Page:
Have you ever had a customer who just wouldn’t take no for an answer? They just didn’t understand that you couldn’t provide them with something – crazy right? Everyone has dealt with a customer like that. It’s the name of the game, and you’ve got to find a way to tell them “no” without losing them as a potential customer.
This is where it can get a little dicey. It’s hard to tell a potential customer that you can’t make all of their dreams come true, but you’ve got to remember that this is a business, and if you bend over backwards for everyone, you’re going to end up out of business. There are a couple of approaches you can take with these pushy customers, one being easy and another a little more difficult.
Be the good guy
Instead of approaching a situation with a customer where you have to tell them they can’t have it their way by having a negative attitude, stop, take a breath and think about the reason why it can’t happen. Most customers who put up a fight when they hear “no” are usually angry because they don’t understand the “why.” If you come into the situation with the “facts and figures” to explain why they can’t have customized drawers, marble countertops and state of the art appliances on a $15,000 budget, they’ll probably take the news a little better.
You don’t want to come off as a person who tells a client bad news and just shuts down; you want to be their advocate. Let them know you’re on their side and you will do the best you can with the resources and options you have.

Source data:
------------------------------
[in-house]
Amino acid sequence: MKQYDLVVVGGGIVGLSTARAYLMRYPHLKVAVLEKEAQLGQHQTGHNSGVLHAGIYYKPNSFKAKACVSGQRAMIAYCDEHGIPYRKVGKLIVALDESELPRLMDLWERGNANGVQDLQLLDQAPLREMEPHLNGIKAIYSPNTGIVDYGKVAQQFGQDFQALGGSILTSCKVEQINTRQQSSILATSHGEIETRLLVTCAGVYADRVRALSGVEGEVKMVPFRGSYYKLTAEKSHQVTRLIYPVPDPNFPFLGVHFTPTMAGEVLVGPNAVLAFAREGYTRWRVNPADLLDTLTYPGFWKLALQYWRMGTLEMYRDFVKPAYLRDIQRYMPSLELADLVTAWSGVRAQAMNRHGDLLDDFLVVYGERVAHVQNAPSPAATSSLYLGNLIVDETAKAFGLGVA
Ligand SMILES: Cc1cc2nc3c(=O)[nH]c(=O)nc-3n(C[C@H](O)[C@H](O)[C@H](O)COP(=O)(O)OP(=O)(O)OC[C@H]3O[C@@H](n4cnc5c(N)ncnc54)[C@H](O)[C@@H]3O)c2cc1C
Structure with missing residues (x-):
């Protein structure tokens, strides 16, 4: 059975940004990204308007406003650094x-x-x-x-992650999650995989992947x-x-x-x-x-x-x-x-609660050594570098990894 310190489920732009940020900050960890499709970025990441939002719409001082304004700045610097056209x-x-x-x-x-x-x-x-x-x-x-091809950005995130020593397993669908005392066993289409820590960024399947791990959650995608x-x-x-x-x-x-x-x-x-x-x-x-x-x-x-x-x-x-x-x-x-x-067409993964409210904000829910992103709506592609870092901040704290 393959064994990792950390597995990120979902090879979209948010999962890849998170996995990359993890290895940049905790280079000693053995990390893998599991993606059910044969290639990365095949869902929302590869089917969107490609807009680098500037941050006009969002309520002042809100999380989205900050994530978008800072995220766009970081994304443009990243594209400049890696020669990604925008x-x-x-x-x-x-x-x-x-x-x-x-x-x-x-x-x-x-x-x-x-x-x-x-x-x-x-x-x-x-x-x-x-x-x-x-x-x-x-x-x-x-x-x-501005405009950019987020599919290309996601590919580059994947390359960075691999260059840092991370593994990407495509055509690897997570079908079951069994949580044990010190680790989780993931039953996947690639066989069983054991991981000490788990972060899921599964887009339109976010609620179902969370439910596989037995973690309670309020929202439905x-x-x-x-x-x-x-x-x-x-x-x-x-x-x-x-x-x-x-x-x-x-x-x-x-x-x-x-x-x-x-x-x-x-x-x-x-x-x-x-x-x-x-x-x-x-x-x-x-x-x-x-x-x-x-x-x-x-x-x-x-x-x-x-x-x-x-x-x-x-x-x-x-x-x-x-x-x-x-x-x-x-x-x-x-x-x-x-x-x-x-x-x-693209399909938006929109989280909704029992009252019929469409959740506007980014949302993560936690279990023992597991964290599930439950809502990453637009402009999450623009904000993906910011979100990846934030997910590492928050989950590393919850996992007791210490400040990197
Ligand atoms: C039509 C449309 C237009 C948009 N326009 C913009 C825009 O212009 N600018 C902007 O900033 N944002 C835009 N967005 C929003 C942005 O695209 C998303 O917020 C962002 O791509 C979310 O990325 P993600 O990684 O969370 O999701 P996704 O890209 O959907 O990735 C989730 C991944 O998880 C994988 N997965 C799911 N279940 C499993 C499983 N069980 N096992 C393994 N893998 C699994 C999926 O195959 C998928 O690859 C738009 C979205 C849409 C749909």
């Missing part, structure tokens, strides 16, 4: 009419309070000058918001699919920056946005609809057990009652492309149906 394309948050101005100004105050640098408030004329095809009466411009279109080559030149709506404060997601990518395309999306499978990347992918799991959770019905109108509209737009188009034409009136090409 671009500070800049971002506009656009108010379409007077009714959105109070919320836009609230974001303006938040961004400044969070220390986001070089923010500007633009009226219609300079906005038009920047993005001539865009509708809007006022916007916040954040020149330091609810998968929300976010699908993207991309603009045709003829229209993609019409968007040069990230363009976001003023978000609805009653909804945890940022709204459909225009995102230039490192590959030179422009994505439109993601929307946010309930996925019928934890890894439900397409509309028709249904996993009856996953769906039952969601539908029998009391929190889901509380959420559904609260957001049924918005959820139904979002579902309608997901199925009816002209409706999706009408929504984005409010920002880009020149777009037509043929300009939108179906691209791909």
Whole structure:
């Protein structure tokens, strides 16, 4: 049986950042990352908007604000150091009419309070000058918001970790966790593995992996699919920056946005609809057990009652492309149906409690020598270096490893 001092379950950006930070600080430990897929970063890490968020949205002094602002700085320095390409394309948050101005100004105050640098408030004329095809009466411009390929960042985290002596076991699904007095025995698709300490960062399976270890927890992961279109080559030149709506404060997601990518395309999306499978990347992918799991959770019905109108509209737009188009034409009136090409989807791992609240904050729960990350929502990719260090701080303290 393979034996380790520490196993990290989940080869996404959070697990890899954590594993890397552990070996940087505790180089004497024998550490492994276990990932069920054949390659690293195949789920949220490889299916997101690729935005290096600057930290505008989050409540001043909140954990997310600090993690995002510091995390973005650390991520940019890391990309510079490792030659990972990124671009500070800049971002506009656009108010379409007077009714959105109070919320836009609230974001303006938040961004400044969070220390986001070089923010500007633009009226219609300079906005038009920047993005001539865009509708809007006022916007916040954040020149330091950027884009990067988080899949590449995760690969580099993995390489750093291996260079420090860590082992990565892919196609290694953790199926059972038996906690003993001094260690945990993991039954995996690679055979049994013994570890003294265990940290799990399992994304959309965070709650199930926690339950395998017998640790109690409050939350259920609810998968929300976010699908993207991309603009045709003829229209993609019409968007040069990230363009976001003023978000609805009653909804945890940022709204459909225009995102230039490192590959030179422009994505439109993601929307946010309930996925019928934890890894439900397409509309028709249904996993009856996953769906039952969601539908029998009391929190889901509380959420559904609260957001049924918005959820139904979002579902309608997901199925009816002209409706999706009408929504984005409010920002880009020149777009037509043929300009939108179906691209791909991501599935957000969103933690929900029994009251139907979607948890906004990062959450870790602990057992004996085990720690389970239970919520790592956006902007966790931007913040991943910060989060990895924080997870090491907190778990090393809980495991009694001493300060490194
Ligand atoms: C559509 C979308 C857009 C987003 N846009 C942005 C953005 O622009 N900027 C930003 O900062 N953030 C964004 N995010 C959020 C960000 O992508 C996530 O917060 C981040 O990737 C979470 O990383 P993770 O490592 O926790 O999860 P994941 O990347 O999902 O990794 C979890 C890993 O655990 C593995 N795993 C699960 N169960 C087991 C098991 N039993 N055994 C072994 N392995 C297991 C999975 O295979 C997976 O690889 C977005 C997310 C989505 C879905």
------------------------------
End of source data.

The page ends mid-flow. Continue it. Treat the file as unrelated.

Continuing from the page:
Stand your ground
Many of you may be thinking that “the customer’s always right” mentality is still true. We’re going to be honest with you – they aren’t always right, so you need to learn how to stand your ground. In a trade profession like kitchen and bath design, there are intricacies that the common homeowner probably isn’t aware of. Knowing that, you need to stay firm in your decisions about what you can and can’t provide a customer.
There is a sales technique called “The Rock,” and the premise is that you will need to stand strong (like a rock) and give a firm “no” when you are declining your customer’s wishes. It might be hard the first time or two, but usually after the third “no,” your customer will subconsciously understand that they can’t have their option and will accept your answer. Sometimes it takes four or five “no’s,” but it does work. And for the customers who storm out and tells you they don’t want to work with you… you’re probably better off.
Telling a person “no” is one of the hardest things to do in our industry, especially since we’re all bouncing back from a tough time. But if you take the right steps, and approach the situation correctly, you and your customer will have a better kitchen buying experience.